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Gee

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About Gee

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  1. It's a sliding scale of good/poor fortune based on date of birth: Kids where I work - shared houses until their mid 30's/part-ownership on a shoebox (the mad ones). I'm early forties - have a flat with decent equity. My childminder and her husband (blue collar job) in their 60's - 4 bed £900,000 house and BTL property. Not that I'm bitter. Heh. It's the ones who have bought recently I fear for. Only so many times you can point them in the direction of the headlines screaming 'BUBBLE' before becoming a Cassandra though.
  2. Hmm, lucky in the sense that I bought in London and haven't had to worry about negative equity. I'd hesitated from around 2002 as I thought we were in a bubble at that point! I was reading HPC and convinced a crash was around the corner - as it should have been. In hindsight the time to take that second step would have been around 2009/2010 but at that point I seemed likely to be made redundant. In those respects I have been lucky. Of course the best thing for me to have done would have been to take out a LIAR LOAN and bought a house first time out in 2004. Always too cautious - but this real
  3. This is the situation I'm in. Bought a 2 bed flat in North London in 2004, two kids since then. Obviously we've been lucky with HPI and have paid down the mortgage (should be clear in 3 years), but are getting ever more cramped. I'm buggered if I'll put an extra £400,000+ on the mortgage for one extra bedroom and some stairs though. Prices are up around 20-25% from 2007. Clearly the smart move at this point would be to move out and be mortgage free outside London but we've put down roots. Maybe in a year or two if London doesn't tank in the meantime. Locally I can see in the 10 years we've be
  4. As an aside, what are the rules if an owner-occupier is made redundant then sells their house in order to move to another location? Is buying a new house with the equity permitted or is that deprivation of capital?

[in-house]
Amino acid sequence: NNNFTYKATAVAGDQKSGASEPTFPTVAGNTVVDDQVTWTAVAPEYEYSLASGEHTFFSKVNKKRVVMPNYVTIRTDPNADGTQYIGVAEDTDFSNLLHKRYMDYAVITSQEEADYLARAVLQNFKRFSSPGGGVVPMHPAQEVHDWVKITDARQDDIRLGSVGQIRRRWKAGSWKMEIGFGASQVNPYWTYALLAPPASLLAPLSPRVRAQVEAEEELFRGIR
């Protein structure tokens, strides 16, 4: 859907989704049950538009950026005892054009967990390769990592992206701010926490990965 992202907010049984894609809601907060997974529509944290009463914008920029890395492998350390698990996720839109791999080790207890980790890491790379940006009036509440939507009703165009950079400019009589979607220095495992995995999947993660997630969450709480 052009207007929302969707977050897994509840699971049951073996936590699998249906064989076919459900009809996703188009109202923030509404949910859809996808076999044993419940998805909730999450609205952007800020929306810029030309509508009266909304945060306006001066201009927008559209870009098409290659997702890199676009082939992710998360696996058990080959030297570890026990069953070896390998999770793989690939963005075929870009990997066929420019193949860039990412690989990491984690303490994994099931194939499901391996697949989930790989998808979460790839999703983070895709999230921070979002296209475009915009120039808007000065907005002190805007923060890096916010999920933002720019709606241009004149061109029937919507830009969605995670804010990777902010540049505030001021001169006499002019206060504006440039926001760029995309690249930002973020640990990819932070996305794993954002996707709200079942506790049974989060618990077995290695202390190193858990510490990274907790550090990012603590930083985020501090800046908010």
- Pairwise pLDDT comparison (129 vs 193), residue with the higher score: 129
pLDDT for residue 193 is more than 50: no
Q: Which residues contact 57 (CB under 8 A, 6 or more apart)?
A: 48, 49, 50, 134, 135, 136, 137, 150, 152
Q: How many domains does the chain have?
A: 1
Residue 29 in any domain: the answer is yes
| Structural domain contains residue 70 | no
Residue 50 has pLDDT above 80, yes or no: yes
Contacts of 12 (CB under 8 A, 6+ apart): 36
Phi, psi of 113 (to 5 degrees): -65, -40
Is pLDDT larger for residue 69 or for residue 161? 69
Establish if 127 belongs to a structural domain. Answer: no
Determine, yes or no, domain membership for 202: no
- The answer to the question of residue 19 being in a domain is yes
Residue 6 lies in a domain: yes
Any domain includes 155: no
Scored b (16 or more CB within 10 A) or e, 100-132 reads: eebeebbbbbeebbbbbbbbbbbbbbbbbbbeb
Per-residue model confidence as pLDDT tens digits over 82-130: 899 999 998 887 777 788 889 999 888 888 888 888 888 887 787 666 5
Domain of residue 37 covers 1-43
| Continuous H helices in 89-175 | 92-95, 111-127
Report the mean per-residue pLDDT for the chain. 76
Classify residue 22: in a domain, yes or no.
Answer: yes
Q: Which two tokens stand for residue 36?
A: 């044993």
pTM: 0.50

5. Daily Mail readers finally learning they're not exempt from 'We're all in it together' after all. Only the super-rich are.
  6. Indeed. http://www.housepricecrash.co.uk/forum/index.php?showtopic=191421&pid=909346751&st=0entry909346751 I'm considering reducing work hours to a 4 day week as there's little incentive to work harder. The gaps on 'the ladder' are so large I'd need a 50% pay rise to make moving a realistic proposition. Better to just enjoy life a little more.
  7. Thanks for the reply. No chance of a third one. We'd manage on one salary, just about, as we'd save £15k on childcare p.a. if one of us stayed at home. The big consideration, I suppose, is the utility of having more space now, against the utility and flexibility of being mortgage free. In my mind, if we stuck it out where we are (turn living room to 3rd bed, turn kitchen diner into kitchen living space when the kids need a room each) we could save for higher education costs, retirement etc. Also the flexibility of making a major life change if one or both of us lost our jobs to move somewhe
  8. Apart from the very obvious point that we'll have a spare £1700 a month to do whatever we want with when the mortgage is paid off, as opposed to shelling out £2k plus to infinity and beyond of course! London house price madness can make you a bit stupid sometimes...
  9. Hi All, I've just checked my profile - I may well be 'lurker prime'! 4 posts having joined in 2004! I still check this site almost daily, especially since the financial crisis. I'm just gauging opinion as I'm running out of patience with my personal situation. We bought our flat in 2004, terrified at the time of negative equity. Of course prices should have corrected around then, but Merv pumped a bit more air into the bubble until 2007, and since then London has bounced spectacularly. We're still in the same 2 bed flat, but now with 2 kids. Bought c.£230K, now asking prices are c.£390, and
  10. We could have had this exchange 2 years ago, and who would have been proved right?! The market was overvalued even at that point - but MK called the top of the market in 2004. Yours in hope of the mythical soft landing, gee
  11. We were renting a 1 bed for 6 years, just couldn't cope with moving to renting a short term 2 bed in order to have enought space to have kids. You have to admit that Merv's statement was the catalyst for market collapse. Realistically, before then, I was looking to another 10% rise to the end of 2004 then reasonable falls. I'm not an economist, so perhaps I'm wrong. I guess the short answer to you question is 'sentiment'.
  12. Hello, I'm a regular lurker! I exchanged (FTB) the same week as Mervyn Kings' speech. I monitor this and other sites in a kind of morbid fascination, as a year ago I would have been on the Bears' side of the fence, but circumstances change, eh? I suppose all this makes me a mug, but hindsight is an exact science. I was adamant in 2002 that prices could not go on rising. I would say that those who have castigated the HPC Bulls for insensitivity when taking advantage of others misfortune in the past, should look at their own desire for a crash, and the effect it would have on others. Me, in oth
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